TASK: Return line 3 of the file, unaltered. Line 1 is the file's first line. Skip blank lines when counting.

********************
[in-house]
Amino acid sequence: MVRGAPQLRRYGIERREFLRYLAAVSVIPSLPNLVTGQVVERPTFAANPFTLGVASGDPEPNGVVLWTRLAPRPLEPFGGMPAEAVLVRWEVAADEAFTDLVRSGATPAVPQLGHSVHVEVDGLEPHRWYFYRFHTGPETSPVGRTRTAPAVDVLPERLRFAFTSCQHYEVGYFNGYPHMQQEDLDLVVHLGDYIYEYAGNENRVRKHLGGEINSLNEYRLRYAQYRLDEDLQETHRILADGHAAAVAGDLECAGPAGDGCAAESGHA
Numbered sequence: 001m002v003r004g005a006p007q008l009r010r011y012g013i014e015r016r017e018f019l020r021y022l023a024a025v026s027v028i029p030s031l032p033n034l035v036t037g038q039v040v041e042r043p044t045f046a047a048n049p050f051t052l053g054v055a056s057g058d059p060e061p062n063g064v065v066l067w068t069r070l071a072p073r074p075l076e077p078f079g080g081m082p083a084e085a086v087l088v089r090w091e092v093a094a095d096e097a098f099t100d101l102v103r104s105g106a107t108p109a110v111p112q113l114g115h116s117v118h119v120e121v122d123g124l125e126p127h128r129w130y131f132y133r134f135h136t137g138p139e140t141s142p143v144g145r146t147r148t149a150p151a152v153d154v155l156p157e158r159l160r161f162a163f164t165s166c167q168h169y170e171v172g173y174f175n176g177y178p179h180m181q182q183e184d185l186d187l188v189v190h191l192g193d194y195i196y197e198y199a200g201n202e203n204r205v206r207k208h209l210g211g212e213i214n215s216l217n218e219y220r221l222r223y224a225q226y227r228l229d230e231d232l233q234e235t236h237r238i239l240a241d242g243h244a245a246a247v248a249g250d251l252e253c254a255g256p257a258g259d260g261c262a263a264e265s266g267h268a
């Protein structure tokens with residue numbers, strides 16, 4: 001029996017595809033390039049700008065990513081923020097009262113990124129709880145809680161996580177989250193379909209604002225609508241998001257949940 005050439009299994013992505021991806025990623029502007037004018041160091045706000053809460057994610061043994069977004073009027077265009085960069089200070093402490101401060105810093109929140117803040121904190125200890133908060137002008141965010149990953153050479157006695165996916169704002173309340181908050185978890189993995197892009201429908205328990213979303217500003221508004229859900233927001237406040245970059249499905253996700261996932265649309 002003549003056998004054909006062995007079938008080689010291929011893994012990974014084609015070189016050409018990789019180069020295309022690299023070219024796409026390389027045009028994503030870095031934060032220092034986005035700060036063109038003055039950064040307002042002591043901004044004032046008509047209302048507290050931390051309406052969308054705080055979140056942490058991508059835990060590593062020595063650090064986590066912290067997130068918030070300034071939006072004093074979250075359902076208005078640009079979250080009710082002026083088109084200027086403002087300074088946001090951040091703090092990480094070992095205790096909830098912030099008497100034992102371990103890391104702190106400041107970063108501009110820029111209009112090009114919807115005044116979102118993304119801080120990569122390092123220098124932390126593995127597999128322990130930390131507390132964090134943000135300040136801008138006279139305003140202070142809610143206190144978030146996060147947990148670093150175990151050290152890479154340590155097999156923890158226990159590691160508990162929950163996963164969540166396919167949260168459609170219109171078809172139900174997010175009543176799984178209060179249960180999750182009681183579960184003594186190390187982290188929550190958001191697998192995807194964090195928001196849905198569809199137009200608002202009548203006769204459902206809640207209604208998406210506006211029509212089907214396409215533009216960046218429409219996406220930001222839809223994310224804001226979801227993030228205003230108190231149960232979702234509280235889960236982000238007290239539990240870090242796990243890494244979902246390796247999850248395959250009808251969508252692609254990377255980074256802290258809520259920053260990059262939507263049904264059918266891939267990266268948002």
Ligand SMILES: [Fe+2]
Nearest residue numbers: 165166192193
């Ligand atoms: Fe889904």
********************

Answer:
Numbered sequence: 001m002v003r004g005a006p007q008l009r010r011y012g013i014e015r016r017e018f019l020r021y022l023a024a025v026s027v028i029p030s031l032p033n034l035v036t037g038q039v040v041e042r043p044t045f046a047a048n049p050f051t052l053g054v055a056s057g058d059p060e061p062n063g064v065v066l067w068t069r070l071a072p073r074p075l076e077p078f079g080g081m082p083a084e085a086v087l088v089r090w091e092v093a094a095d096e097a098f099t100d101l102v103r104s105g106a107t108p109a110v111p112q113l114g115h116s117v118h119v120e121v122d123g124l125e126p127h128r129w130y131f132y133r134f135h136t137g138p139e140t141s142p143v144g145r146t147r148t149a150p151a152v153d154v155l156p157e158r159l160r161f162a163f164t165s166c167q168h169y170e171v172g173y174f175n176g177y178p179h180m181q182q183e184d185l186d187l188v189v190h191l192g193d194y195i196y197e198y199a200g201n202e203n204r205v206r207k208h209l210g211g212e213i214n215s216l217n218e219y220r221l222r223y224a225q226y227r228l229d230e231d232l233q234e235t236h237r238i239l240a241d242g243h244a245a246a247v248a249g250d251l252e253c254a255g256p257a258g259d260g261c262a263a264e265s266g267h268a